Did you know? The little red circle in the middle of the rice you see on the emoji is a pickled plum (umeboshi). It has a very sour and salty flavor, which makes it a favorite pickle to serve with steamed rice or rice balls to awake the palate.
What’s in your 🍱 today? Learn how to make bento lunch boxes with the tutorial and recipes below:
Tempura (Fried Shrimp) Emoji
Tempura refers to seafood, chicken and vegetables that have been coated with a light batter and deep-fried into golden crisp deliciousness. Some of the most popular tempura include shrimp tempura (as depicted in the tempura emoji) and sweet potato tempura. Tempura is not only enjoyed as a standalone dish, but they are also often served as part of donburi (rice bowl) or noodle soup.
Did you know? In Japan, you can even find specialized restaurants that serve only the best of the best tempura.
Wish to enjoy some crispy 🍤 at home? Don’t miss out these mouthwatering tempura recipes:
Nabe (Hot Pot) Emoji
With steam drifting up from a warming soup-pot, this emoji comes in handy when all you could think about is a hot pot of food on a chilly day. The graphic icon makes reference to nabe 鍋 or nabemono, a variety of hot pot dishes that are very popular in Japan during the cold weather months.
Typically served from a clay pot or iron pot with simmering broth that is shared communally, nabe includes an amazing mixture of fresh vegetables, meat, seafood, tofu, and soybean products, or seasonal ingredients.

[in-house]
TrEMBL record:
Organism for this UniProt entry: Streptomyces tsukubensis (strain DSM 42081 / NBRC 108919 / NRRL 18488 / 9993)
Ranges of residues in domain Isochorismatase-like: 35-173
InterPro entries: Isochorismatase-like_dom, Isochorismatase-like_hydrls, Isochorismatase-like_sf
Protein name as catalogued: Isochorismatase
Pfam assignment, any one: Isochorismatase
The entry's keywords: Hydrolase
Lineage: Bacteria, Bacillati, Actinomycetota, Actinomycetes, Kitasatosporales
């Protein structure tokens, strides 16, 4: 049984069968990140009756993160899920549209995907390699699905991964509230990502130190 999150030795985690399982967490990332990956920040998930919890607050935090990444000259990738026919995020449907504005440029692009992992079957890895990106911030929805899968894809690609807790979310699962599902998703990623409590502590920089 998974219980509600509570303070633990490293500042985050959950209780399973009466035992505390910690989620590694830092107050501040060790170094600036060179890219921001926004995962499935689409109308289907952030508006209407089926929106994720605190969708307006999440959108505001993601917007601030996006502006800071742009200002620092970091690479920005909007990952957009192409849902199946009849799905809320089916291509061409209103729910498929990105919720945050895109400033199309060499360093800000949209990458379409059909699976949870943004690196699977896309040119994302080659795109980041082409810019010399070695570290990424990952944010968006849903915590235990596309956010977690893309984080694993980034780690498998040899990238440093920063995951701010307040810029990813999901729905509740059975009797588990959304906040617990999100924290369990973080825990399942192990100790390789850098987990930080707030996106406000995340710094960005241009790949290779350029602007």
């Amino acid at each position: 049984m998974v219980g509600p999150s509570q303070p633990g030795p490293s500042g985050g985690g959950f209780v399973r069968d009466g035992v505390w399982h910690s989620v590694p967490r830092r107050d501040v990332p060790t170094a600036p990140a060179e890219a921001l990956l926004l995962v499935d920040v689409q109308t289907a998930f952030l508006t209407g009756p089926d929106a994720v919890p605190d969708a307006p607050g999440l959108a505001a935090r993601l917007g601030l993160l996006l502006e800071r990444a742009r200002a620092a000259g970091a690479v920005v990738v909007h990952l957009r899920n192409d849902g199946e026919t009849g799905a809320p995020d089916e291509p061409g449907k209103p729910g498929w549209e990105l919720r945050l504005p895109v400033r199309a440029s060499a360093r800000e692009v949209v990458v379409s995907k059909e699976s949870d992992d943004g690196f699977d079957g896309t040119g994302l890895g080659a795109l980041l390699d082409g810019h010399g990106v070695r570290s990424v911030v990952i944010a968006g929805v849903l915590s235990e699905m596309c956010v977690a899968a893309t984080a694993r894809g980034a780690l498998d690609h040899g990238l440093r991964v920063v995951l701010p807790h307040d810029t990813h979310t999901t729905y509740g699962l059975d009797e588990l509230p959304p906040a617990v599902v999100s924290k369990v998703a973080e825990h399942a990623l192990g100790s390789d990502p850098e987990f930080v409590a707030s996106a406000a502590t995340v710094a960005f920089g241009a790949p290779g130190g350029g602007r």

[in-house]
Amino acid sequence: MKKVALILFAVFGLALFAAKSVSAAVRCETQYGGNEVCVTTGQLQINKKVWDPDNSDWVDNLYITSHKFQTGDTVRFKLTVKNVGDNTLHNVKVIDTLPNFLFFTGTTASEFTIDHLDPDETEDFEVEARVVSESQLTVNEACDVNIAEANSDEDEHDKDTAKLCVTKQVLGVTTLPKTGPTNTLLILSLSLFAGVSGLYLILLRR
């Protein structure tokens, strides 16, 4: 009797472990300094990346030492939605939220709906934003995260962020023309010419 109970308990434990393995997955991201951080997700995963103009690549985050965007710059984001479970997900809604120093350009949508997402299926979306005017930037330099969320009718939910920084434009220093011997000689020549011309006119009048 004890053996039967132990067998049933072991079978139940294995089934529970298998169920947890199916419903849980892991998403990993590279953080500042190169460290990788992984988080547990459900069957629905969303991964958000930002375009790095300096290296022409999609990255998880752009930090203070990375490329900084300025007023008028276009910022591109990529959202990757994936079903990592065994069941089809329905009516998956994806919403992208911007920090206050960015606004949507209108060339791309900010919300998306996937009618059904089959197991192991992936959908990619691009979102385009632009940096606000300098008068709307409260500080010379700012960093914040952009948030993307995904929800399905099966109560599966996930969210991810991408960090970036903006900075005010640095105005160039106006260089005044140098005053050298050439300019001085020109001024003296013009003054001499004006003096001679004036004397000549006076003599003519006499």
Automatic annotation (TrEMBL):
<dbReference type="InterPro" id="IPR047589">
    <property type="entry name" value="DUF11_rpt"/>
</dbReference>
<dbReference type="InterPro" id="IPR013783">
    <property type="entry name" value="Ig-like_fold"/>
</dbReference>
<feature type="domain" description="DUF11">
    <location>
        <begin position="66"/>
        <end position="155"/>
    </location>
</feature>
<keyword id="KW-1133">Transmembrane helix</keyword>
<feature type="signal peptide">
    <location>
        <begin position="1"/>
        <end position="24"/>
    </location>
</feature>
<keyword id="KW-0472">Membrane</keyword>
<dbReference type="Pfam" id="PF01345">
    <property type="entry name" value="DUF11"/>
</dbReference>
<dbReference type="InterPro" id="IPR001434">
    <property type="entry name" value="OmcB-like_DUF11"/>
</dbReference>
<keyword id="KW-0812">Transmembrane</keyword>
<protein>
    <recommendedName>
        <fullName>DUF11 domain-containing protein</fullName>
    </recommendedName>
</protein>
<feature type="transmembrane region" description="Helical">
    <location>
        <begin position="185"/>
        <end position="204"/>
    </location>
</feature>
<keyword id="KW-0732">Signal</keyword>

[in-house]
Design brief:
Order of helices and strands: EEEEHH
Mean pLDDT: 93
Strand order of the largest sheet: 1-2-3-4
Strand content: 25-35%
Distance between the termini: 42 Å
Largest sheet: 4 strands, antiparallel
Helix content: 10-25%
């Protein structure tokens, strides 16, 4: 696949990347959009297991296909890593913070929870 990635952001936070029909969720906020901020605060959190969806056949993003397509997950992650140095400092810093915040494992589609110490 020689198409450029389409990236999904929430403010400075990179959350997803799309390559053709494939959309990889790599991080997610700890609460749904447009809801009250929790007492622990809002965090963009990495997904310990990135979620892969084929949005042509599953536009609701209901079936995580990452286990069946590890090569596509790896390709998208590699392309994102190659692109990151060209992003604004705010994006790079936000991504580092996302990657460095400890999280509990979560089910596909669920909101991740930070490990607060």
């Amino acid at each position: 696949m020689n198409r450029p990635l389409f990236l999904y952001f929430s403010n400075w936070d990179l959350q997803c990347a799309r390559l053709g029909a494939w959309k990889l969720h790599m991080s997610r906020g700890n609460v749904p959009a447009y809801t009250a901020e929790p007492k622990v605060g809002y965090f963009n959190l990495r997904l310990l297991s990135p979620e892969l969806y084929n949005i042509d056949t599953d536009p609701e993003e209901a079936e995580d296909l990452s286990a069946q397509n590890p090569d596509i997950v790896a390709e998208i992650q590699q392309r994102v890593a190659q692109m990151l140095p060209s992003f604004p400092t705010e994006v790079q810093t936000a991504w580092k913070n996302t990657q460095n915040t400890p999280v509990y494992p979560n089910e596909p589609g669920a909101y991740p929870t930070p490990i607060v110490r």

It’s surprisingly easy to make nabe 🍲at home, and here are just some of the popular nabe recipes you should try:
Senbei (Rice Crackers) Emoji
Now that you’ve learned the dark green square on the icon is nori sheet (seaweed), you could probably describe the brown circle piece as toasty and snacky. And you’re right! This emoji refers to Senbei 煎餅 or rice crackers, a popular savory snack you can find in Japan. Come in various sizes and shapes, the rice crackers are typically brushed with a soy sauce glaze and grilled, then wrapped with a piece of nori.
Did you know? Senbei originated from China, where flour was used to make the crackers. But the Japanese loved rice so much that they started making the crackers with rice instead.
You can easily find rice crackers 🍘 being sold at the airports, tourist destinations or at festivals.
Curry Rice Emoji
This may not be the most appetizing food emoji you’ve seen, but I can guarantee the real thing is so much more delicious that you could imagine. The emoji depicts the famous Kare Raisu カレーライス aka Japanese Curry Rice, characterized by the thick brown sauce that is served over fluffy steamed rice. The reddish circles are the red pickled daikon. Unlike Indian or Thai curry, Japanese curry has a stew-like consistency and a sweeter taste. It is also less spicy which is suitable for children. The curry is always served with rice.